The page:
Just a few years ago, Comixology was the center of the world for comic fans like myself. It was the primary hub through which we accessed the comics we know, love, and consume on a weekly basis. It made Wednesday mornings the best day of our week. Instead of trying to figure out how you’d get to a comic book store, you just rolled out of bed, turned on your computer, and purchased the books you wanted for the week.
I started waking up at 4:30 a.m. every Wednesday morning, just to get a head start on new books. Once Comixology started publishing new comics the same day they came out in stores, the floodgates opened for me. I suddenly had the perfect avenue to enjoy comics as I saw fit. And I genuinely loved it. Comixology had a special place in my heart.
Then, February 2022, that all changed. And years from now when we’re looking back on the history of comics, we might look at this moment as the beginning of the end for Comixology. Because that was the day that once-iconic website that we came to know and trust over the course of a decade disappeared. Instead, it was folded into Amazon’s Kindle store, a hub that was not designed for comics and not at all equipped to provide the same experience.
I remember that moment well. I just kept constantly trying to get back to the old site, only to be redirected to Amazon at every turn. I kept saying “I hate this!” again and again. I reached out to Comixology support, who have always been so responsive. They didn’t respond this time. They made public statements claiming they were committed to improving the interface. Absolutely none of those promises have been kept and it’s been over a fucking year.
Now, the story of how Comixology got folded into Amazon is a long one that I won’t recount. Amazon has actually owned Comixology since 2014. But that really wasn’t an issue because it didn’t change the site, the experience, or the service. If you didn’t see the Amazon logo on the front page, you probably wouldn’t have known that Comixology was an Amazon-owned company.
But for reasons that probably have to do with greed, arrogance, callousness, and cost-cutting, Amazon decided Comixlogy had to be completely integrated with their Kindle store. In addition, over half the staff working at Comixology was fired. And even though Amazon is a trillion-dollar company, the experience still sucks. The web reader still sucks. And I’ve yet to find a single person who prefers to the new site over the old Comixology site.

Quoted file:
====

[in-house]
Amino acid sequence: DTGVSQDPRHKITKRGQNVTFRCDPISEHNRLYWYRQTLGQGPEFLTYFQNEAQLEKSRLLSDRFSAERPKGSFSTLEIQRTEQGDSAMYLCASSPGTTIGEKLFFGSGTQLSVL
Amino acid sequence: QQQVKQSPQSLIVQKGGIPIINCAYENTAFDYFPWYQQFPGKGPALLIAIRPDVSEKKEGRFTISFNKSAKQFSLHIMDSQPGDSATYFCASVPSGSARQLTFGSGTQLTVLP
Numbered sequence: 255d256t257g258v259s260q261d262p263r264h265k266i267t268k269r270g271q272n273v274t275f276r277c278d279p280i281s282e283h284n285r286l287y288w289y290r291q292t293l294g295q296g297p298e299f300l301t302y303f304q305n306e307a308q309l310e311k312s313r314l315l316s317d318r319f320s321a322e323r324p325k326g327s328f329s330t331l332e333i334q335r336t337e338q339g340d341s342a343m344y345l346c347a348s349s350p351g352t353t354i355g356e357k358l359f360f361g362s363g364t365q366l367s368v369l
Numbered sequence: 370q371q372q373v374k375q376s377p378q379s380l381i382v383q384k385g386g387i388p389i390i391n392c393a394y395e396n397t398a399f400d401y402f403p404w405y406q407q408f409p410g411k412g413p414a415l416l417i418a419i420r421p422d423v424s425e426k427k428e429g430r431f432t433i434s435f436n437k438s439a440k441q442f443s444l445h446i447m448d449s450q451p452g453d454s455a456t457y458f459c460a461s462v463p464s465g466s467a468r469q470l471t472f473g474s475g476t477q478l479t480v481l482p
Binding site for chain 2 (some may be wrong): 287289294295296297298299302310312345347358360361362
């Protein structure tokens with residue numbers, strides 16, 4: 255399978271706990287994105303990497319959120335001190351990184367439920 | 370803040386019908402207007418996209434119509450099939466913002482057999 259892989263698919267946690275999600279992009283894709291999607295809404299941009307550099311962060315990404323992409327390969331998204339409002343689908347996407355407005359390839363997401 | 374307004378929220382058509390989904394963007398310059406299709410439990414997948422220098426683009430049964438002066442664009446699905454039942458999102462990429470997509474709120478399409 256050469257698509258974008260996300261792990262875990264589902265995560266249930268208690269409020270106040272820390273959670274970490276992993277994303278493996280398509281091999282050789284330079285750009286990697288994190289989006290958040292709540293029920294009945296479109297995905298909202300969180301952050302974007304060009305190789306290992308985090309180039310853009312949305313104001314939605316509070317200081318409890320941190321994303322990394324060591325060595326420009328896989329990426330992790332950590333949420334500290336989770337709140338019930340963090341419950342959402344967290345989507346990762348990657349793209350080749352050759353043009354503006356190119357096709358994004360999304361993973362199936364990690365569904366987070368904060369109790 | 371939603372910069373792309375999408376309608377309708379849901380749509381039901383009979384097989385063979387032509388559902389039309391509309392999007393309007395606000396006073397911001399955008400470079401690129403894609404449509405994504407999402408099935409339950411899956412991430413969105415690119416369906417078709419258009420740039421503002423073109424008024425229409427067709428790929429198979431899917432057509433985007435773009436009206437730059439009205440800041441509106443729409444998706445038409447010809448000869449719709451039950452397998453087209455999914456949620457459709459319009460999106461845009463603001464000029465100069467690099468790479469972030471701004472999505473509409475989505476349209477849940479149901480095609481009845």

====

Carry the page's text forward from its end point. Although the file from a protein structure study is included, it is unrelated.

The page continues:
It’s now at a point where the future of Comixology, as a whole, is very much in doubt. Amazon didn’t care enough to keep the workers who made Comixology great, nor do they seem to care about providing the same experience that past customers grew to love. And once big corporations stop caring, you can assume things will never get better.
It’s at a point now where major publishers are taking notice. For years, Comixology was the perfect middleman for publishing companies. They provided the digital storefront while the publishers provided the comics. They share in some of the profits and everyone is happy, including the customers. Now, that dynamic is all screwed up and unhappy customers are not good for business.
Now, Marvel and DC Comics are investing heavily in their own digital comics services. I’ve sung the praises before of Marvel Unlimited, the Netflix-like service that essentially allows fans to binge Marvel’s vast catalog of comics. DC Comics is developing a similar service called DC Infinite. At the moment, these services don’t offer the newest issues. You usually have to wait 30 days for them to come out on the site.
But with these publishers shutting down applications that once integrated with Comixology, I think the stage is set. Publishers now have an incentive to cut ties with Comixology completely and develop their own apps. That will be quite devastating to the many smaller publishers and indie comics that once relied on Comixology’s brand to get their work out there. But I fear it’s already too late for them.
This likely means that if you’re a Marvel or DC fan, getting your favorite comics every week will eventually require you go through them instead of Comixology. That means learning how to use Marvel Unlimited and DC Infinite fast. It also means looking at your current collection and gauging which comics you’ll be able to keep and which will be at risk. That’s going to be tedious and you may lose some stuff you legitimately paid for. But don’t expect Amazon to care enough to fix it for you.
I’m already preparing. As soon as Marvel Unlimited starts offering some way of getting new comics the date of publication, I’ll have a very good reason to ditch Comixology. I still rely on it for a number of non-Marvel and non-DC titles I follow. But alternatives are already popping up. Hopefully, they get to a point where they offer a better value than Comixology/Amazon.
This transition is going to suck. There’s no way around it.
Chances are it’s also going to mean more money than we’d be spending if Comixology had remained unchanged. There’s no way around that, either.
But that’s the world we live in. It sucks and it will get worse before it even begins to get better. I take no pleasure in saying this, but this is where we are right now.